Greenspan Shrugs: Central Bank Communication, Formal Pronouncements and Bond Market Volatility
62 Pages Posted: 22 May 2013
Date Written: May 21, 2013
This paper presents empirical evidence on one aspect of central bank communication policy - formal pronouncements by central bankers - to better understand whether this channel matters and, if so, the nature of the information being transmitted. We examine the relationship between three types of pronouncements from Chairman Alan Greenspan - speeches, testimonies, and FOMC meetings (STF’s) - and volatility in the 30-year U.S. Treasury bond futures market. Using high-frequency, intraday data proves important in uncovering the impacts of pronouncements on the bond market. Three questions relevant to central bank communication policy are addressed (see Figure 1 for a summary). We find that STF’s matter for bond market volatility, that this impact depends on the transmission of information (rather than just noise), and that this information reflects both substantive content and a coordinating signal. We further find that speeches only deliver content, that testimonies are largely a coordinating device, and that FOMC meetings play both roles. These findings of an important coordination channel document the relevance of the “global games” model of Morris and Shin and the “herding” model of Banerjee and the associated policy implication that pronouncements by the central bank may reduce welfare by overwhelming important private information.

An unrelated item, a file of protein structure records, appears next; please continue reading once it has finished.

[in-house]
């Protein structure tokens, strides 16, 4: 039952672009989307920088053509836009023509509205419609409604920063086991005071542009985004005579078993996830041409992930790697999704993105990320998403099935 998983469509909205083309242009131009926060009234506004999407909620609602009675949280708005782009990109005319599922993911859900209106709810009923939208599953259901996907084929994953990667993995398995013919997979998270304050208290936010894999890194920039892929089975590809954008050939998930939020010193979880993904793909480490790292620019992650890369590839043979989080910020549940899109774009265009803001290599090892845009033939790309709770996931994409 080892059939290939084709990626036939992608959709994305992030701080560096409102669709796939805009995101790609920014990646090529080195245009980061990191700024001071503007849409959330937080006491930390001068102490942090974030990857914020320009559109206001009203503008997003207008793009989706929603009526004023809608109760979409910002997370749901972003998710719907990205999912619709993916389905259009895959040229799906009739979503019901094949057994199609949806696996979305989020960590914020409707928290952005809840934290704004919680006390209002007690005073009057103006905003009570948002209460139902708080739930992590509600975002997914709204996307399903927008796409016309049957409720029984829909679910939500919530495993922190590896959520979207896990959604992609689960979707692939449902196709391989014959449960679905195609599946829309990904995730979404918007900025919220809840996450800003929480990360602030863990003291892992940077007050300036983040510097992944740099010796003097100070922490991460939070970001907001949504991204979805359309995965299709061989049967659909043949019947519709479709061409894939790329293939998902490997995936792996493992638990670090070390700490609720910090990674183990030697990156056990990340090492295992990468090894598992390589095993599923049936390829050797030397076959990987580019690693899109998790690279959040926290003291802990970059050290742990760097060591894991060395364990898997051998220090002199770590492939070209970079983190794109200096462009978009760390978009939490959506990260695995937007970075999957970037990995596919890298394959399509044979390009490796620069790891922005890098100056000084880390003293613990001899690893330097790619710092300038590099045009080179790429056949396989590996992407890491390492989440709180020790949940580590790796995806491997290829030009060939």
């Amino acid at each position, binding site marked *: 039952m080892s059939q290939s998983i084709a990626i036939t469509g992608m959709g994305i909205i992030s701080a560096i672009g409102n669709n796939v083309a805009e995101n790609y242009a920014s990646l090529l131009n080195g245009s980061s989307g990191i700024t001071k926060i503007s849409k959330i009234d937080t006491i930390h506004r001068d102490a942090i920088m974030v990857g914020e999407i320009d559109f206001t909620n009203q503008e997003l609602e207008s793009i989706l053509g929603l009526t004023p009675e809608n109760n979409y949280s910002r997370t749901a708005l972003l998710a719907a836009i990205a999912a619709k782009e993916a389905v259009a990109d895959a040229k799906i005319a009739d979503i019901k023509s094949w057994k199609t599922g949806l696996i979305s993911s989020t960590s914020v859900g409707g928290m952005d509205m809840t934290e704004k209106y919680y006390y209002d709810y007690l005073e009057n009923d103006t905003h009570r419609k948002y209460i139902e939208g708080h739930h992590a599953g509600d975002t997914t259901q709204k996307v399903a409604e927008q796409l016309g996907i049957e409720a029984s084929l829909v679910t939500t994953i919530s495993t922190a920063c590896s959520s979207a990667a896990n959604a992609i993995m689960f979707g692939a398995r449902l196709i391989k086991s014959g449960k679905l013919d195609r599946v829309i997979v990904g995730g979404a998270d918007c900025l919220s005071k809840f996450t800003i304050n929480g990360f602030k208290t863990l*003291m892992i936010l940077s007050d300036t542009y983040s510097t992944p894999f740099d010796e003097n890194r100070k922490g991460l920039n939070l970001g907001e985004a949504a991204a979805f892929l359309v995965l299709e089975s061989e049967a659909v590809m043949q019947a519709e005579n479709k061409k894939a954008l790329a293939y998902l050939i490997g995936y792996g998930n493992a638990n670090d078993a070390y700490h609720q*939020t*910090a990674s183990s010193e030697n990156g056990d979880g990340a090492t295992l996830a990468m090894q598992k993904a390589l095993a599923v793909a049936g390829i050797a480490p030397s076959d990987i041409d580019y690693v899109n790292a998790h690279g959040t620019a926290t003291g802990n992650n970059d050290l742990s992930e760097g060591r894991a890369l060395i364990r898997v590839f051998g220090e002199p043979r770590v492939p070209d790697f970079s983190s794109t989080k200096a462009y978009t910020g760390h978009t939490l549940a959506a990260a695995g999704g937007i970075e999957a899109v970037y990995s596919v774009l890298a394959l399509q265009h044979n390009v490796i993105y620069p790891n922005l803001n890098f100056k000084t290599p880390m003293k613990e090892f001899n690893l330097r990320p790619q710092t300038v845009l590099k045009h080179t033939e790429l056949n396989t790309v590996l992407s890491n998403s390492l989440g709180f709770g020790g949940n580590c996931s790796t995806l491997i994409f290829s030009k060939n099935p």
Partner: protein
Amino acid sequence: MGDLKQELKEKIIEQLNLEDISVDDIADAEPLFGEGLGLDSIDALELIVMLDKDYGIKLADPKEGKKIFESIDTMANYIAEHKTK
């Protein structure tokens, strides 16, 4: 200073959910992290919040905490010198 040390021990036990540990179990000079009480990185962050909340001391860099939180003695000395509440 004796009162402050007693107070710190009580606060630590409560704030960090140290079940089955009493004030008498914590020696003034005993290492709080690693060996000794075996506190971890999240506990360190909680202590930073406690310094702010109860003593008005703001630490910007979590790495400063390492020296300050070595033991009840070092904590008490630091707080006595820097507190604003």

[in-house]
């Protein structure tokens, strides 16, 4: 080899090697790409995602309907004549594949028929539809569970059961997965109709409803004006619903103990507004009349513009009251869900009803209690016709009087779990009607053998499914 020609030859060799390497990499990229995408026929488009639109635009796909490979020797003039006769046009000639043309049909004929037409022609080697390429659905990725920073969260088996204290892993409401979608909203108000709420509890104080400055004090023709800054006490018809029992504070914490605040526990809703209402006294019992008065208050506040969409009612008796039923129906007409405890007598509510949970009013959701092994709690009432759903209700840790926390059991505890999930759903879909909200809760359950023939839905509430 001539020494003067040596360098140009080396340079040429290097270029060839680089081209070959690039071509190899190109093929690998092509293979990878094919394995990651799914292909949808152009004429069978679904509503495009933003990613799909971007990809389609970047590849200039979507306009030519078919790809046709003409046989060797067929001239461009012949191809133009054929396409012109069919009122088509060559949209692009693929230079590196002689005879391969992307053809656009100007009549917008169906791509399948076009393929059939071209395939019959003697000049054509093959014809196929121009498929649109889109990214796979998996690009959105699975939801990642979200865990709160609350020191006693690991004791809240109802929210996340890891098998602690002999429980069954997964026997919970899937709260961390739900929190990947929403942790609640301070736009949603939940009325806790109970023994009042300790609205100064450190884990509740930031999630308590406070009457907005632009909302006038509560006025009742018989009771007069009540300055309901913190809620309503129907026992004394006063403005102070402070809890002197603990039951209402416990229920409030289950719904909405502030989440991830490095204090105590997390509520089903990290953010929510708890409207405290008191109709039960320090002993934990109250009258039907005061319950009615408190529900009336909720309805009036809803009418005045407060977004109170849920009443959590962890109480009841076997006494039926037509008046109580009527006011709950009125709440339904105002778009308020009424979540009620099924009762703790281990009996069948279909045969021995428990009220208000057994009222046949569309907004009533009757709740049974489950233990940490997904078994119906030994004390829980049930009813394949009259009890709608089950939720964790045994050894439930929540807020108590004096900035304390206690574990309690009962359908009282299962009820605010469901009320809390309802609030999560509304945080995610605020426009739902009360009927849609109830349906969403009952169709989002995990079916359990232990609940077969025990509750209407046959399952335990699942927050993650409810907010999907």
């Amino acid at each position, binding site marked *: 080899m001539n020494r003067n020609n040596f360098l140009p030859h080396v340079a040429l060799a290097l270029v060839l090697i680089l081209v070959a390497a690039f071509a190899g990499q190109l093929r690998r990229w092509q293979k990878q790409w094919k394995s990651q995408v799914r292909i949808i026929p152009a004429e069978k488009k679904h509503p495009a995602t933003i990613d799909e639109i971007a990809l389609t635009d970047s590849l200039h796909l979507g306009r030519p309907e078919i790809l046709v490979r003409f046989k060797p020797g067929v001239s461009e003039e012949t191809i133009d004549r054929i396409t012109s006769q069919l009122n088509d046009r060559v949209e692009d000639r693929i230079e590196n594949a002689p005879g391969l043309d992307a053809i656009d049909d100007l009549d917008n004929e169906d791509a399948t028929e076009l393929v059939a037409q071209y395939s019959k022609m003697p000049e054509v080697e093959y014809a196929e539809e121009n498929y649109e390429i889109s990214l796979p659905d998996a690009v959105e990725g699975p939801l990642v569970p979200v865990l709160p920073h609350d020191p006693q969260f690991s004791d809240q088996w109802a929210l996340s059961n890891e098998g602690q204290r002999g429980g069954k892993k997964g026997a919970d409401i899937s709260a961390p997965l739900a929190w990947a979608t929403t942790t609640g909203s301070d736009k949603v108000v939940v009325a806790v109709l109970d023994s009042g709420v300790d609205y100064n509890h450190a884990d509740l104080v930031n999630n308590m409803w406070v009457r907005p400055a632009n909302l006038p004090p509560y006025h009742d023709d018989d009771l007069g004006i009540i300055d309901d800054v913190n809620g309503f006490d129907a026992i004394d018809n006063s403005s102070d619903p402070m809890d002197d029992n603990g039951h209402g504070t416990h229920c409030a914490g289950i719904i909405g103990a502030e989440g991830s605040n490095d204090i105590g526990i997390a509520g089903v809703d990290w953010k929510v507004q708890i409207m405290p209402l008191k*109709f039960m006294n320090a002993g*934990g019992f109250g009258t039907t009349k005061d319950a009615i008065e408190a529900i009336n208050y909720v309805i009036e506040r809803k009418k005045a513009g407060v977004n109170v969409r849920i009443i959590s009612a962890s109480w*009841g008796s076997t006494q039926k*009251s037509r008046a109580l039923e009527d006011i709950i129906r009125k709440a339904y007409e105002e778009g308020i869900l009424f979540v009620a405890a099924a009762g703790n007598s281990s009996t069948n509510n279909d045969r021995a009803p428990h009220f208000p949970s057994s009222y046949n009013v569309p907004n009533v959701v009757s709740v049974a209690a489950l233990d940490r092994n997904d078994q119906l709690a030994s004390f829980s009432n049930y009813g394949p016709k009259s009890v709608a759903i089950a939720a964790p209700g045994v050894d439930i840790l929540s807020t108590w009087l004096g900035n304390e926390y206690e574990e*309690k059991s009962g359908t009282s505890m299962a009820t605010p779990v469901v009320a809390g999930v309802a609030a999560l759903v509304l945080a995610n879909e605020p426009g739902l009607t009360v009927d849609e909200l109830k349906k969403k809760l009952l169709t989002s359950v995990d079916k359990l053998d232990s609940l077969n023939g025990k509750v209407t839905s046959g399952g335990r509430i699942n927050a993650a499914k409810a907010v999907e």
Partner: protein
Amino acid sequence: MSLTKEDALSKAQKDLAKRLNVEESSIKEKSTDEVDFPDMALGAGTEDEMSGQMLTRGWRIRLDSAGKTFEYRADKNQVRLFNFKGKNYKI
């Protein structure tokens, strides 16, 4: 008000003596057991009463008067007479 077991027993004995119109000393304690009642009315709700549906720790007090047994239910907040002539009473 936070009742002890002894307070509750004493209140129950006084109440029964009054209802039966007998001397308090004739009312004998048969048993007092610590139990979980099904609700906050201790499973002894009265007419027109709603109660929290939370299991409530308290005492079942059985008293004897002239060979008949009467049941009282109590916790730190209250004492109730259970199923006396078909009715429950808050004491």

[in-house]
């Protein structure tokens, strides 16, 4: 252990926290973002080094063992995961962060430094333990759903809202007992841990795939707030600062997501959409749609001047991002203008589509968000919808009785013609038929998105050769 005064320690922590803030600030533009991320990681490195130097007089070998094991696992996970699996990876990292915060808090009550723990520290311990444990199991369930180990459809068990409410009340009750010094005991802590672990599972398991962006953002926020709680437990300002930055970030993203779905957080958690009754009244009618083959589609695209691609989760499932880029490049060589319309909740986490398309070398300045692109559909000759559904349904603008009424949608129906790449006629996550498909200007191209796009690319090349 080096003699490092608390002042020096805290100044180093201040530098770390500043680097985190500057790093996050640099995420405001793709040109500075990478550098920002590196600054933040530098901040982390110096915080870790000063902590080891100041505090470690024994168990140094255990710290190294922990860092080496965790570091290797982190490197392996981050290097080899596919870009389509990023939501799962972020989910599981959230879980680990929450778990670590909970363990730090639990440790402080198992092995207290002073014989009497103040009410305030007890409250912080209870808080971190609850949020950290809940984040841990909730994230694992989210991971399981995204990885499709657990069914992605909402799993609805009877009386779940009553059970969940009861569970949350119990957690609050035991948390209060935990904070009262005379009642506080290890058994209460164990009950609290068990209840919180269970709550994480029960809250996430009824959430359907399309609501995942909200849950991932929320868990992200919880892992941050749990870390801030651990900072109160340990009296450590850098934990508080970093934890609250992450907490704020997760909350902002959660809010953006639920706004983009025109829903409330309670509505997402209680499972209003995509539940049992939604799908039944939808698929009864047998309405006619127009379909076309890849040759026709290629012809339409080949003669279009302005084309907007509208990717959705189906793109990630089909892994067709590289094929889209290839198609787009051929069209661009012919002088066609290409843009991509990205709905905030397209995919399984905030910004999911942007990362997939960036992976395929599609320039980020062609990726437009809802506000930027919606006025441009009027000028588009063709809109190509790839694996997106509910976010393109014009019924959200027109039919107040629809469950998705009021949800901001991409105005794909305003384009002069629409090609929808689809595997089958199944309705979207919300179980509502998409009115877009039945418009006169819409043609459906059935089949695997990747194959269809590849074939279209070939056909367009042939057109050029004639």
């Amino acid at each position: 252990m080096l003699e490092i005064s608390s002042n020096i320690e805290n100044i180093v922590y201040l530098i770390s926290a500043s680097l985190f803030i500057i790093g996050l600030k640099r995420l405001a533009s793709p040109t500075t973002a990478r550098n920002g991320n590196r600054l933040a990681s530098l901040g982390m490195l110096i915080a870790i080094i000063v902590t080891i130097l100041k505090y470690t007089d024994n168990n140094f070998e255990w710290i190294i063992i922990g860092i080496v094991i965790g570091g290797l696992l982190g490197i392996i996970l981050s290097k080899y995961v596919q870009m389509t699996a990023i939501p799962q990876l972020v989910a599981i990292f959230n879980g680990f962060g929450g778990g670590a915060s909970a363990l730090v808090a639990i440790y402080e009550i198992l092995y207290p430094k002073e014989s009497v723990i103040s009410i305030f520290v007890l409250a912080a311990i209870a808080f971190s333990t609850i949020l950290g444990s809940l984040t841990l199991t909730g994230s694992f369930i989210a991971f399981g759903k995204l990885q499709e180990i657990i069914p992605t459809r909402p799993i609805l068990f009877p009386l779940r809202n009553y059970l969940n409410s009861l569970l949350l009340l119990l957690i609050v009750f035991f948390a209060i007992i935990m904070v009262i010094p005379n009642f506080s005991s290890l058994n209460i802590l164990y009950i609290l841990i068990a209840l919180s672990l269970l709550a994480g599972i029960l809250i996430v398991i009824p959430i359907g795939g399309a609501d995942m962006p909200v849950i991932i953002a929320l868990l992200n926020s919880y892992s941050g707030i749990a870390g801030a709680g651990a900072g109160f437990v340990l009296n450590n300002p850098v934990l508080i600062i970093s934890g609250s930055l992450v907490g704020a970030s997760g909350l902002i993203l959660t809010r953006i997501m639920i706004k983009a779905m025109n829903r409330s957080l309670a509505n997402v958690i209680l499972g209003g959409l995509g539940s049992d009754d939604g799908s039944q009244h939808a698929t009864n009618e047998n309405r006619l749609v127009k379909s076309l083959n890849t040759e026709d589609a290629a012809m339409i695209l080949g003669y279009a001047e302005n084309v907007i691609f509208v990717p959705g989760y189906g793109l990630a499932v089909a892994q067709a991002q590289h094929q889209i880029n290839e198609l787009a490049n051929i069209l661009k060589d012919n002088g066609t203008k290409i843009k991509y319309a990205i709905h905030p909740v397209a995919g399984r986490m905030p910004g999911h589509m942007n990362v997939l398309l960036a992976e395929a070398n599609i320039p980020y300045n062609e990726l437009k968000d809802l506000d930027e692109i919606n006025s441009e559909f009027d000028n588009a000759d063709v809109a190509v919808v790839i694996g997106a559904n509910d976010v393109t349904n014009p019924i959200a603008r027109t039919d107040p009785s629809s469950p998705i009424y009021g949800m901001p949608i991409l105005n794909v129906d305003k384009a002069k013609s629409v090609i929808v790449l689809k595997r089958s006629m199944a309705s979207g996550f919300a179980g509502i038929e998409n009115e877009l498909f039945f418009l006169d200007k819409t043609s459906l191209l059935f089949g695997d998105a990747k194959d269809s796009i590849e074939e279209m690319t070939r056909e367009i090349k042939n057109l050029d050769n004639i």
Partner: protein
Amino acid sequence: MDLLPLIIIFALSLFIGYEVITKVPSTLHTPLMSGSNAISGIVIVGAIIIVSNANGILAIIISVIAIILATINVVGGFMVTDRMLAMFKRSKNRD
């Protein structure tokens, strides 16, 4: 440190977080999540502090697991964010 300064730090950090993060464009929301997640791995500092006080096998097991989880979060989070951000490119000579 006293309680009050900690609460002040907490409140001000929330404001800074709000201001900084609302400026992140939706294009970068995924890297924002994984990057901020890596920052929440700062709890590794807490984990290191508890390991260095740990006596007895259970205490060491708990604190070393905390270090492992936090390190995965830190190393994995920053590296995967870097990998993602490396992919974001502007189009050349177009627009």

JEL Classification: E580, G140
Suggested Citation: Suggested Citation